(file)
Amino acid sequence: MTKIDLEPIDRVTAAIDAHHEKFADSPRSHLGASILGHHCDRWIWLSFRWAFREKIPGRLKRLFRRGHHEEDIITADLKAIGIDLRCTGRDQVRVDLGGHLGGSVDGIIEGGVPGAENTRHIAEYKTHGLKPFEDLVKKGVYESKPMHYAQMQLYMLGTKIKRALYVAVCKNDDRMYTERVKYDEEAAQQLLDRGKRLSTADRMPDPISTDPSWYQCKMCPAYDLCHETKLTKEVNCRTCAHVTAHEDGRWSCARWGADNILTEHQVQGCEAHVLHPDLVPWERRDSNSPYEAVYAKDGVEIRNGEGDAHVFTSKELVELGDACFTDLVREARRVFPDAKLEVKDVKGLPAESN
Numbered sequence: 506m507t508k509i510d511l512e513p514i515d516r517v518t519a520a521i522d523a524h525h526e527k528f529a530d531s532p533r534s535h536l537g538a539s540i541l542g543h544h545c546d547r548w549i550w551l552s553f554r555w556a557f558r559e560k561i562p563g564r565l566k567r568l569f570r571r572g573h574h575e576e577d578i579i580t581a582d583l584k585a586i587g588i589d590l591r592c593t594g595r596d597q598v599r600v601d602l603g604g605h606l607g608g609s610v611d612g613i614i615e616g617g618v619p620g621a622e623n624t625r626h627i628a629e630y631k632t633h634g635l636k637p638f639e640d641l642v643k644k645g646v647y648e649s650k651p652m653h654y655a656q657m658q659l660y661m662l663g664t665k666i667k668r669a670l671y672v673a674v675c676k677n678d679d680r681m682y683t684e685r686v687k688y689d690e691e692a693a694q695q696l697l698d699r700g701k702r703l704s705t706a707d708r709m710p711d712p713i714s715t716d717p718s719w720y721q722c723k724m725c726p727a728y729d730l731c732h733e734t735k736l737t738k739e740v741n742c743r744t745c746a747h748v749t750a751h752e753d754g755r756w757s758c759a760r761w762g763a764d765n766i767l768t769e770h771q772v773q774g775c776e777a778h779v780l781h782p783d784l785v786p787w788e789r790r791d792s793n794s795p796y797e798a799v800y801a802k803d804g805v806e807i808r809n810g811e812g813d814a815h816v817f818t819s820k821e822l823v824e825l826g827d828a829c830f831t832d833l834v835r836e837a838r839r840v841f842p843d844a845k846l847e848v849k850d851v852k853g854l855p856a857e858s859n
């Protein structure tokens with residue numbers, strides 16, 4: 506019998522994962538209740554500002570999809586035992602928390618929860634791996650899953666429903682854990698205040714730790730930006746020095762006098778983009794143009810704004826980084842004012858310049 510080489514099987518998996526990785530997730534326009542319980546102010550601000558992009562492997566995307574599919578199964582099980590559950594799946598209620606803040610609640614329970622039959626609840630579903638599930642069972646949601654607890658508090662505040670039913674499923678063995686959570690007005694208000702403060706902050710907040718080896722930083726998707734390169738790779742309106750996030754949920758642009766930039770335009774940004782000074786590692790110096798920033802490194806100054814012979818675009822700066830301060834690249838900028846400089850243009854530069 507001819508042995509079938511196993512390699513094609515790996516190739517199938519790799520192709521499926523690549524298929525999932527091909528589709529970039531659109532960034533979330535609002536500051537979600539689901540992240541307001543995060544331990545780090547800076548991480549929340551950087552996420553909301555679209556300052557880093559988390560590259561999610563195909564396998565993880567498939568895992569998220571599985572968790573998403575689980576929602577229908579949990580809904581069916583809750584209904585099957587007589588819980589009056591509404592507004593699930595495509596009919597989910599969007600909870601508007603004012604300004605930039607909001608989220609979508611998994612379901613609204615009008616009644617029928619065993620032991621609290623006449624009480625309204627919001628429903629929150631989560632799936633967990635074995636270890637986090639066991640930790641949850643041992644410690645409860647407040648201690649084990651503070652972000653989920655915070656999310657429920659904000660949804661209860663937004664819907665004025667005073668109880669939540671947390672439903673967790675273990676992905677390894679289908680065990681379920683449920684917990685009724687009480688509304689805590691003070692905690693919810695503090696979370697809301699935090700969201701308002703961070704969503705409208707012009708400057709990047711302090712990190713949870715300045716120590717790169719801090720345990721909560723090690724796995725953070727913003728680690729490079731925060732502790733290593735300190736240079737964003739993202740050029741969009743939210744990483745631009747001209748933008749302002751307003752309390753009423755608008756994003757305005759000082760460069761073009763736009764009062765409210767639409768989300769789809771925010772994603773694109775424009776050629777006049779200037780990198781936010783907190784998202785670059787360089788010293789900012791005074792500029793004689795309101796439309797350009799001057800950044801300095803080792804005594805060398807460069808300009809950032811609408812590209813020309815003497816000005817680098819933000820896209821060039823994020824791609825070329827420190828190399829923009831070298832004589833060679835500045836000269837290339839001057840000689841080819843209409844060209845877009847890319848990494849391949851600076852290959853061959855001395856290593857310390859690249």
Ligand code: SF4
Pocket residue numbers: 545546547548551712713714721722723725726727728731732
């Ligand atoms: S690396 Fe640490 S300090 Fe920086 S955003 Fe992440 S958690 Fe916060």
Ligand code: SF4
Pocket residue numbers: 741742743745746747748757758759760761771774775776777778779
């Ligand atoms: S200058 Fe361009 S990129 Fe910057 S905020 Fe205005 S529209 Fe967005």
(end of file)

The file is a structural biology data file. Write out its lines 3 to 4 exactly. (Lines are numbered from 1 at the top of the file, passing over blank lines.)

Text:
């Protein structure tokens with residue numbers, strides 16, 4: 506019998522994962538209740554500002570999809586035992602928390618929860634791996650899953666429903682854990698205040714730790730930006746020095762006098778983009794143009810704004826980084842004012858310049 510080489514099987518998996526990785530997730534326009542319980546102010550601000558992009562492997566995307574599919578199964582099980590559950594799946598209620606803040610609640614329970622039959626609840630579903638599930642069972646949601654607890658508090662505040670039913674499923678063995686959570690007005694208000702403060706902050710907040718080896722930083726998707734390169738790779742309106750996030754949920758642009766930039770335009774940004782000074786590692790110096798920033802490194806100054814012979818675009822700066830301060834690249838900028846400089850243009854530069 507001819508042995509079938511196993512390699513094609515790996516190739517199938519790799520192709521499926523690549524298929525999932527091909528589709529970039531659109532960034533979330535609002536500051537979600539689901540992240541307001543995060544331990545780090547800076548991480549929340551950087552996420553909301555679209556300052557880093559988390560590259561999610563195909564396998565993880567498939568895992569998220571599985572968790573998403575689980576929602577229908579949990580809904581069916583809750584209904585099957587007589588819980589009056591509404592507004593699930595495509596009919597989910599969007600909870601508007603004012604300004605930039607909001608989220609979508611998994612379901613609204615009008616009644617029928619065993620032991621609290623006449624009480625309204627919001628429903629929150631989560632799936633967990635074995636270890637986090639066991640930790641949850643041992644410690645409860647407040648201690649084990651503070652972000653989920655915070656999310657429920659904000660949804661209860663937004664819907665004025667005073668109880669939540671947390672439903673967790675273990676992905677390894679289908680065990681379920683449920684917990685009724687009480688509304689805590691003070692905690693919810695503090696979370697809301699935090700969201701308002703961070704969503705409208707012009708400057709990047711302090712990190713949870715300045716120590717790169719801090720345990721909560723090690724796995725953070727913003728680690729490079731925060732502790733290593735300190736240079737964003739993202740050029741969009743939210744990483745631009747001209748933008749302002751307003752309390753009423755608008756994003757305005759000082760460069761073009763736009764009062765409210767639409768989300769789809771925010772994603773694109775424009776050629777006049779200037780990198781936010783907190784998202785670059787360089788010293789900012791005074792500029793004689795309101796439309797350009799001057800950044801300095803080792804005594805060398807460069808300009809950032811609408812590209813020309815003497816000005817680098819933000820896209821060039823994020824791609825070329827420190828190399829923009831070298832004589833060679835500045836000269837290339839001057840000689841080819843209409844060209845877009847890319848990494849391949851600076852290959853061959855001395856290593857310390859690249």
Ligand code: SF4